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As the co-chair of AIDS United’s non-partisan Public Policy, Elections Sub-Committee, and working in partnership with a coalition of nearly 70 organizations, I traveled across the country to meet with the presidential candidates to influence inclusion of HIV/AIDS policy language within each party’s platform and campaign policy planks. You can read more about the challenges and triumphs of one of those meetings here.
I wanted to share some exciting news with you: For the first time in DNC history, action on HIV/AIDS will be intentionally included in the Democratic National Committee (DNC) platform, which delegates will vote on at their convention this week. The convention will also feature an HIV-positive speaker on Wednesday; a voice from the HIV community has not been amplified from either party's convention floor since 2000.
Excerpt of the DNC platform section on HIV/AIDS
Democrats believe an AIDS-free generation is within our grasp. But today far too many Americans living with HIV are without access to quality care and too many new infections occur each year. That is why we will implement the National HIV and AIDS Strategy; increase research funding for the National Institutes of Health; cap pharmaceutical expenses for people living with HIV and AIDS; reform HIV criminalization laws; and expand access for harm reduction programs and HIV prevention medications, particularly for the populations most at risk of infection. Abroad, we will continue our commitment to the President’s Emergency Plan for AIDS Relief and increase global funding for HIV and AIDS prevention and treatment. Democrats will always protect those living with HIV and AIDS from stigma and discrimination.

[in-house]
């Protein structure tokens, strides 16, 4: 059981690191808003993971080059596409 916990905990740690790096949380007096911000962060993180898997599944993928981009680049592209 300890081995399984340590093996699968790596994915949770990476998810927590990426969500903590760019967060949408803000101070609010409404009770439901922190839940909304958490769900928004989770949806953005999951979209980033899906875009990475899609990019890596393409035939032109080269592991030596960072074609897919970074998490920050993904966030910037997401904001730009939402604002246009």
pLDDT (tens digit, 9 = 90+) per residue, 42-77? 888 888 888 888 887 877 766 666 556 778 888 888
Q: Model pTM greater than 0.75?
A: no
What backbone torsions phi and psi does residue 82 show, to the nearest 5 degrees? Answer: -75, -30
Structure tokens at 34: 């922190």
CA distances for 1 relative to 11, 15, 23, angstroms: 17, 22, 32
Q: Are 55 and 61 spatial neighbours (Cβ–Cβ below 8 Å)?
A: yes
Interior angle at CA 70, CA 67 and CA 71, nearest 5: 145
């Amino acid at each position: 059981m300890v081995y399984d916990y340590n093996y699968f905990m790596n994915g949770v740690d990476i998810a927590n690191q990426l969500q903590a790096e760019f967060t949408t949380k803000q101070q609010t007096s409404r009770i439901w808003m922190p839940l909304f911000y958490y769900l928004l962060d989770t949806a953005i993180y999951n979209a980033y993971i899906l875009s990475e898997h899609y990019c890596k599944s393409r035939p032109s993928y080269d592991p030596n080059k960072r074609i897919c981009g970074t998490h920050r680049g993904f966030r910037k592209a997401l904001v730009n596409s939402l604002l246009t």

We are very excited to see the fruits of this hard work coming together! HIV/AIDS was part of past DNC platforms, but usually just as a line or two in the health care or LGBT sections of the platform. It’s also important to note that HIV/AIDS is the only specific disease with its own section in that party’s platform.
The coalition working on this effort also attempted to influence the Republican National Committee (RNC) platform as well — but with no luck. This is especially concerning because turning the tide on HIV and ending new AIDS cases in the U.S. is of national importance. It’s imperative that both national parties articulate their commitment to helping end the epidemic here in the U.S. and around the world.
We will continue to ensure that HIV/AIDS remains a visible part of the national narrative throughout this election cycle. For example, we published a presidential questionnaire that several candidates answered. We are also working to ensure that HIV/AIDS questions are included in presidential debates, writing policy briefs and recommendations to sway elected officials’ prioritization of HIV and drafting an HIV/AIDS transition document for the incoming administration.
To stay informed on how the presidential candidates and their campaigns seek to end the HIV epidemic and advance sound HIV policy this election cycle, please sign up for AIDS United policy updates and AIDS Foundation of Chicago alerts.